A healthy pregnancy diet should always be a top priority, but especially if you’re pregnant or planning a pregnancy.
Here are the reveals which foods to eat while pregnant and the best foods that are high in essential vitamins and nutrients, which you should be consuming if you’re expecting.
Looking after yourself when you’re pregnant or planning for a baby is important not just for your own well-being, it’s also critical for the health and vitality of your precious baby.
Eating the right foods is important to ensure you stay healthy throughout your pregnancy, and that your baby receives all the nutrients they need to thrive.
Foods to eat while pregnant
A balanced diet is a key to maintaining general good health.
But there are some essential vitamins and nutrients that are especially beneficial for you and your baby that you can include in your diet before, during, and after pregnancy.
Low iron during pregnancy can result in fatigue for women and it can also contribute to premature birth and low baby birth weight. Pregnant women need an increased 27 mg of iron each day.
The most efficient way to get adequate iron is by eating red meat, but iron is also found in legumes, fortified whole grain breads and cereals, as well as green leafy vegetables.
To maximize absorption of iron, eat your iron-rich and vitamin C-rich foods together – e.G. Serve your steak with a side of broccoli or spinach or followed by kiwifruit or orange.
Your doctor may recommend an iron supplement that contains vitamin C to assist with absorption if you’re not able to get enough iron in your diet.
It’s recommended that women increase their folate intake even before they become pregnant and maintain this throughout the course of their pregnancy.
Your doctor is also likely to recommend you take a folate supplement from at least a month before you conceive and for the first three months of pregnancy to ensure your folate intake is adequate.
Iodine is an important contributor to a healthy thyroid.
In addition, increased iodine intake is important prior to conception because it helps to regulate metabolism and the menstrual cycle.
Most foods only contain small amounts of iodine, making it difficult for pregnant women to get enough iodine through diet alone.
However, the main sources of iodine include fortified bread, dairy, and seafood.
You can get half of your daily choline needs by eating just two eggs – you can also find choline in beef, soybeans, quinoa, mushrooms, chicken, and potatoes.
5. Omega-3 fatty acids
It’s essential to include omega-3 in your pregnancy diet to support your baby’s brain and eye development, and an omega-3 deficiency during pregnancy can have permanent effects on your child’s cognitive function.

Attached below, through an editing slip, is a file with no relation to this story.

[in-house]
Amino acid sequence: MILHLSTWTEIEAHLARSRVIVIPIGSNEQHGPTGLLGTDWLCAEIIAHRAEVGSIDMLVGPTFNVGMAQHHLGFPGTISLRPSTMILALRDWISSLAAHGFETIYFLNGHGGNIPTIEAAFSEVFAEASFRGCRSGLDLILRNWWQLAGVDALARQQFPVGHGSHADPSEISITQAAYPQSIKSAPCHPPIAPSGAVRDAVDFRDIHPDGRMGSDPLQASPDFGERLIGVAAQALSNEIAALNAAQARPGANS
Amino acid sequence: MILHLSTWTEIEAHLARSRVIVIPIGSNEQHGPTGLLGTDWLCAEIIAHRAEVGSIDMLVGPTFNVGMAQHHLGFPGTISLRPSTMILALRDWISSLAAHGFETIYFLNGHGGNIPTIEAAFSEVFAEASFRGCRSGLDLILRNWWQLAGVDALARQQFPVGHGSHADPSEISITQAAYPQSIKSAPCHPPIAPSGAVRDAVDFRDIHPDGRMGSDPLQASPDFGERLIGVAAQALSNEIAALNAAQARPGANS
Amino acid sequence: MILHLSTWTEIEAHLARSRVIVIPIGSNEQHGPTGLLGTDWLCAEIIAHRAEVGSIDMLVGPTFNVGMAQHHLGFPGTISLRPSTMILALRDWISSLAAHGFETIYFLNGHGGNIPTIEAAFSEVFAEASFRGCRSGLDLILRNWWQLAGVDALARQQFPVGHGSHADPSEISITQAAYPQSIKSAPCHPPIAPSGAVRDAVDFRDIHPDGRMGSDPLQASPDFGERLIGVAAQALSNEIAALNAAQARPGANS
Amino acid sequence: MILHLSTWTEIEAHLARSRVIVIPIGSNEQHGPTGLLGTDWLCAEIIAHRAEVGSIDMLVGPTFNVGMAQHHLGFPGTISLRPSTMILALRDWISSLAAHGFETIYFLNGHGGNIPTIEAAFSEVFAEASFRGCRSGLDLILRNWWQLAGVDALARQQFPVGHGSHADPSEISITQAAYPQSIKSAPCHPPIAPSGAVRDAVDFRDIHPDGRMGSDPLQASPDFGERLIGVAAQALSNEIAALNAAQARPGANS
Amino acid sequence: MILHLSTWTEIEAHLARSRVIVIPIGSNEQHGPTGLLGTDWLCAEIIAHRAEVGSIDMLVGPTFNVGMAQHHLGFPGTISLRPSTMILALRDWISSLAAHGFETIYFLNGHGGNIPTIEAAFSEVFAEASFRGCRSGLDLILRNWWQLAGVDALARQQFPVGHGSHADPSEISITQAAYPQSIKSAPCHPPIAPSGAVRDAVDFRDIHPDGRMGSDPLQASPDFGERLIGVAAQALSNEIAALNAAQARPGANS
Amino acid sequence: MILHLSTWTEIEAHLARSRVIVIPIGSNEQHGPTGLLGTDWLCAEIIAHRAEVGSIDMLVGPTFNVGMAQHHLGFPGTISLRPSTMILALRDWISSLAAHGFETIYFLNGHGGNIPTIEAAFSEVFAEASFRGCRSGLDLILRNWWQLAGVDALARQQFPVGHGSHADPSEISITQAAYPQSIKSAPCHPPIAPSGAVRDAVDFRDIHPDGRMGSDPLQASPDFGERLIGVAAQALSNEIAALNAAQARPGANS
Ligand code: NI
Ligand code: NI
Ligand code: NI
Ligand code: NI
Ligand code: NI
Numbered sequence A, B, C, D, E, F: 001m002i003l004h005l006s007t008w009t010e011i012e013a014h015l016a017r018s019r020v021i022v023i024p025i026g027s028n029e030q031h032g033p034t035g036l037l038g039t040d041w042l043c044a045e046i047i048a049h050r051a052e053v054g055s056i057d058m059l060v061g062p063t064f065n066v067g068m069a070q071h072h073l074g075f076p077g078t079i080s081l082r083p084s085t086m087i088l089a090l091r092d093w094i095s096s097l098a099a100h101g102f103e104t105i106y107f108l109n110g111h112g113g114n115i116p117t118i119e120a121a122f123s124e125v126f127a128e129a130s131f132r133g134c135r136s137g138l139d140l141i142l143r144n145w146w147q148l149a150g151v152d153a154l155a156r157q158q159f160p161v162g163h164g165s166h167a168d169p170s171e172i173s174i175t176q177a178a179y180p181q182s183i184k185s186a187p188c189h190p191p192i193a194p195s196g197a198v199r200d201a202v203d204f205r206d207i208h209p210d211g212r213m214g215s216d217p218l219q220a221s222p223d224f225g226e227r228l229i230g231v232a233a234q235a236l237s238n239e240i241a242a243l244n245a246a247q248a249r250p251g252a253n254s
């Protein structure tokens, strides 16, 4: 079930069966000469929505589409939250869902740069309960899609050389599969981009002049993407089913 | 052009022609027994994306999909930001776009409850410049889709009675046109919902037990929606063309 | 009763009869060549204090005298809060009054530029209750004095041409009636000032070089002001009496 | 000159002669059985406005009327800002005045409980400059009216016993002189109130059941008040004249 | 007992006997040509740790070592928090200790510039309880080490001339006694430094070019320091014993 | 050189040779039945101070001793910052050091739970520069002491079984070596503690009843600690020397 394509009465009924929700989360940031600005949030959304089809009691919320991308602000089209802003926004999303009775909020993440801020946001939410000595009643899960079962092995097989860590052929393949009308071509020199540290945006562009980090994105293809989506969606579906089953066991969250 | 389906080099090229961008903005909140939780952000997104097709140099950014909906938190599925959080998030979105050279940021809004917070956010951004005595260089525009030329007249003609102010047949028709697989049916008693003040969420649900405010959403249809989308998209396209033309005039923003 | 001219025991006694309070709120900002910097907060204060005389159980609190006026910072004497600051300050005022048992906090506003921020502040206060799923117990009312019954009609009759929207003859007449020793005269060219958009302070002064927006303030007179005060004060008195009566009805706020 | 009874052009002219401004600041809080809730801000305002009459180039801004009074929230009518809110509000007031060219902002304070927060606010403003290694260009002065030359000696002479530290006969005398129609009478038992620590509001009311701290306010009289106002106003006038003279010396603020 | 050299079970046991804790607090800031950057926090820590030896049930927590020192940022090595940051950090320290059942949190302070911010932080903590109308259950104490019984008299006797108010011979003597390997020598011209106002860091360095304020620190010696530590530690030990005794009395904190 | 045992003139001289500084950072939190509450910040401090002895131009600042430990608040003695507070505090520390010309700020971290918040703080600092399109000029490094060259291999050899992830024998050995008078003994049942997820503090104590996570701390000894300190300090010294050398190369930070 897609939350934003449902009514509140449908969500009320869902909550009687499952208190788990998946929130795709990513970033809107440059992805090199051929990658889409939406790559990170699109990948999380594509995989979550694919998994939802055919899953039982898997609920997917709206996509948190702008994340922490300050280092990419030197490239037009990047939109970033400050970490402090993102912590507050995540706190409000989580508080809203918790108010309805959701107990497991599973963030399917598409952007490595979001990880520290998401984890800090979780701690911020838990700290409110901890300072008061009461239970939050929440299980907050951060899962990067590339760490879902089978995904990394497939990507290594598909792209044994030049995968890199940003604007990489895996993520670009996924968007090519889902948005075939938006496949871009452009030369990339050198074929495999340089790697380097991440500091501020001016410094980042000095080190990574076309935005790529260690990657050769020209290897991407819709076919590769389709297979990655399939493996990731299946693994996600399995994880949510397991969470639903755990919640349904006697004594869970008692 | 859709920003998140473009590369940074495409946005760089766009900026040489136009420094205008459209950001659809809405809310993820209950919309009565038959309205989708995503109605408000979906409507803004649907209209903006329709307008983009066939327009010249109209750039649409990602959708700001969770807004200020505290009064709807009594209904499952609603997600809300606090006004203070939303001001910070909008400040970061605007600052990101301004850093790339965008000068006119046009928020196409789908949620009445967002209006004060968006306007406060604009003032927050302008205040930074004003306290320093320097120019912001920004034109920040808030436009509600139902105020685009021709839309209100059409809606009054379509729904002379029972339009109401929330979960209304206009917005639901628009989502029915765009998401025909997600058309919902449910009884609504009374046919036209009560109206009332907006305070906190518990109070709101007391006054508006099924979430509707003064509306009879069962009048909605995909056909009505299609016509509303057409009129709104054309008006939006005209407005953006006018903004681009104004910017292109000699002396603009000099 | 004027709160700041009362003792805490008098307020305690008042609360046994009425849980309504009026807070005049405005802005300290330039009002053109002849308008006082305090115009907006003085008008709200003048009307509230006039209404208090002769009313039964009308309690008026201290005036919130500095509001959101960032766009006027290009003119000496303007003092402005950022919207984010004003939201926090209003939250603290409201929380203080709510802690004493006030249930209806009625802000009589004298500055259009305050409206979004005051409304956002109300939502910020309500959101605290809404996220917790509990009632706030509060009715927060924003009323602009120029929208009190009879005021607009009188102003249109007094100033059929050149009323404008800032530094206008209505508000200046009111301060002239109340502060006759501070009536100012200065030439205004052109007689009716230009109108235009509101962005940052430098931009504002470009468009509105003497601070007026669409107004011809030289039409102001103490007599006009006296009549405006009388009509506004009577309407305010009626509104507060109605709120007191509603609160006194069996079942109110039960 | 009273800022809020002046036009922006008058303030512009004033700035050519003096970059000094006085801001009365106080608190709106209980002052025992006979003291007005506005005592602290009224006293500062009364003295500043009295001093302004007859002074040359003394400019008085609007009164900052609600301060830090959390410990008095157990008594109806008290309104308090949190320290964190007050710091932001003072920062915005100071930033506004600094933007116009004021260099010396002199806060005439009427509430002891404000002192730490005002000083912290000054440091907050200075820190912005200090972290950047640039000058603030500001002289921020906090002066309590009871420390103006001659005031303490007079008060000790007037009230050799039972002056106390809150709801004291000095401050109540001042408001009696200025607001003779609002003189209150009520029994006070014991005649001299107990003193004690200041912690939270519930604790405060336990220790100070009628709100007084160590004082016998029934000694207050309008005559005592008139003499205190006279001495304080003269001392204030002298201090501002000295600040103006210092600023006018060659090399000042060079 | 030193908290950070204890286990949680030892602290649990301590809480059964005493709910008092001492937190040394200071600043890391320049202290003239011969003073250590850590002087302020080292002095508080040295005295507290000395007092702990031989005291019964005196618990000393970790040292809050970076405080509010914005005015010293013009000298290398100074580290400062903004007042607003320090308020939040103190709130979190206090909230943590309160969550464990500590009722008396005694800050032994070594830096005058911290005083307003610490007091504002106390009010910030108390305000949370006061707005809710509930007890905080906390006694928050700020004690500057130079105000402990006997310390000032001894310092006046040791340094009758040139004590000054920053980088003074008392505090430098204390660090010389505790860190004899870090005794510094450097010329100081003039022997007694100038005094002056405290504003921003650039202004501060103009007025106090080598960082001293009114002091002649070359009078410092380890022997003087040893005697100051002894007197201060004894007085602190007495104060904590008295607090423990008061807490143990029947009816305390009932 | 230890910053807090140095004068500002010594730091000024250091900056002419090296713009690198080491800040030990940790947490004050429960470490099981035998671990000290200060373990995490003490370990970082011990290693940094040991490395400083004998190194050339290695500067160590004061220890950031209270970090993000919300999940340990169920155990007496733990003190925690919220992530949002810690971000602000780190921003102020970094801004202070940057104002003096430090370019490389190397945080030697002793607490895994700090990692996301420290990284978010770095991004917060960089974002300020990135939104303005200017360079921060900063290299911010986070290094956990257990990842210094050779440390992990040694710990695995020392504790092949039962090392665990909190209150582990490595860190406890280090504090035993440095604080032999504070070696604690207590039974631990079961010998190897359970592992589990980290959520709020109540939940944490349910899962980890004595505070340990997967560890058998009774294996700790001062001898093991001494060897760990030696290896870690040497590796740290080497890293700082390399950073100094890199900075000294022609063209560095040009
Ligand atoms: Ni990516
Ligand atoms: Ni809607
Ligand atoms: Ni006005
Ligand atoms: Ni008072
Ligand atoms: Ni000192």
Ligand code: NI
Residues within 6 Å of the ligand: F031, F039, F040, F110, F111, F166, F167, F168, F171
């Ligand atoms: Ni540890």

You can get omega-3 in low mercury fish like salmon, tuna, and trout. There are plant-based sources as well, including nuts, seeds, and vegetable oils.
There may be times when the foods you eat don’t give you enough of the vitamins and nutrients required for a healthy pregnancy and baby.
Whilst a good diet goes a long way in maintaining good pre-conception and pregnancy health, there are also other lifestyle changes that can make a big impact on your health too.
Keep on moving
Women who maintain regular exercise throughout their pregnancy may experience improved mood, better weight control, and fitness levels (helpful for the marathon of childbirth!).
Regular exercise can also help to decrease the risk of developing complications such as pre-eclampsia or pregnancy-induced hypertension.
Chat with your doctor about the type and level of exercise you should be aiming for to stay healthy and avoid injury or exertion while you’re expecting.
Get your beauty sleep
Pregnancy may disrupt your regular sleep patterns as your hormones change and your body becomes less comfortable as the baby grows.
For your body to cope with growing a baby though, it needs to recover each day with enough sleep.
Sleep is essential for your own brain function and the health of your immune system – and critically, it helps to regulate growth hormone levels which are very important during pregnancy.
To promote better sleep, eat a balanced diet including the foods mentioned above, include regular exercise in your daily activity, and try to avoid things like caffeine and other stimulants that may impede sleep.
Always read the label. Follow the directions for use. Vitamin and mineral supplements should not replace a balanced diet.
Do not exceed the stated dose except on medical advice. If you have had a baby with a neural tube defect/spina bifida, seek specific medical advice.